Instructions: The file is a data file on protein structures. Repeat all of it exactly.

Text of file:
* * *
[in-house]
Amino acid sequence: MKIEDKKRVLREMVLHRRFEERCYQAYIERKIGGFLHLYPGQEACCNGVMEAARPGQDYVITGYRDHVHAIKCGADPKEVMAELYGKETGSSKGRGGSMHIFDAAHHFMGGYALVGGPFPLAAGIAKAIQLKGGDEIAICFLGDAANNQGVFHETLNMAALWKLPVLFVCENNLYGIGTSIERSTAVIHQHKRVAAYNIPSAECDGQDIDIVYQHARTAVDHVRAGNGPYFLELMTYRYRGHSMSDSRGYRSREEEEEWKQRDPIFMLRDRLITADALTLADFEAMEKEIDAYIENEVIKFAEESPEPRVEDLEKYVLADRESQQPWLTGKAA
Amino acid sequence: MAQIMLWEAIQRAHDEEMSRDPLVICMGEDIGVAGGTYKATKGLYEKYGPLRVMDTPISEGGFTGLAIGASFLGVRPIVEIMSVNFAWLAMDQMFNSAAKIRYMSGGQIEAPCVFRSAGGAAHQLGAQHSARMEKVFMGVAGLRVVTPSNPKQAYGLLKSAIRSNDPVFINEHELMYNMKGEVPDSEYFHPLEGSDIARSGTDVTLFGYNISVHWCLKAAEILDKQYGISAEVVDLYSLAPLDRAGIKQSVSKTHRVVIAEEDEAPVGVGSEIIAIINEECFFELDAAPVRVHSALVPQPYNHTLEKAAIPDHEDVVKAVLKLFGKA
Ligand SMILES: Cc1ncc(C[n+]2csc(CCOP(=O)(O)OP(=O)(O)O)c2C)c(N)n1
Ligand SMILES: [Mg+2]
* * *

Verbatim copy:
[in-house]
Amino acid sequence: MKIEDKKRVLREMVLHRRFEERCYQAYIERKIGGFLHLYPGQEACCNGVMEAARPGQDYVITGYRDHVHAIKCGADPKEVMAELYGKETGSSKGRGGSMHIFDAAHHFMGGYALVGGPFPLAAGIAKAIQLKGGDEIAICFLGDAANNQGVFHETLNMAALWKLPVLFVCENNLYGIGTSIERSTAVIHQHKRVAAYNIPSAECDGQDIDIVYQHARTAVDHVRAGNGPYFLELMTYRYRGHSMSDSRGYRSREEEEEWKQRDPIFMLRDRLITADALTLADFEAMEKEIDAYIENEVIKFAEESPEPRVEDLEKYVLADRESQQPWLTGKAA
Amino acid sequence: MAQIMLWEAIQRAHDEEMSRDPLVICMGEDIGVAGGTYKATKGLYEKYGPLRVMDTPISEGGFTGLAIGASFLGVRPIVEIMSVNFAWLAMDQMFNSAAKIRYMSGGQIEAPCVFRSAGGAAHQLGAQHSARMEKVFMGVAGLRVVTPSNPKQAYGLLKSAIRSNDPVFINEHELMYNMKGEVPDSEYFHPLEGSDIARSGTDVTLFGYNISVHWCLKAAEILDKQYGISAEVVDLYSLAPLDRAGIKQSVSKTHRVVIAEEDEAPVGVGSEIIAIINEECFFELDAAPVRVHSALVPQPYNHTLEKAAIPDHEDVVKAVLKLFGKA
Ligand SMILES: Cc1ncc(C[n+]2csc(CCOP(=O)(O)OP(=O)(O)O)c2C)c(N)n1
Ligand SMILES: [Mg+2]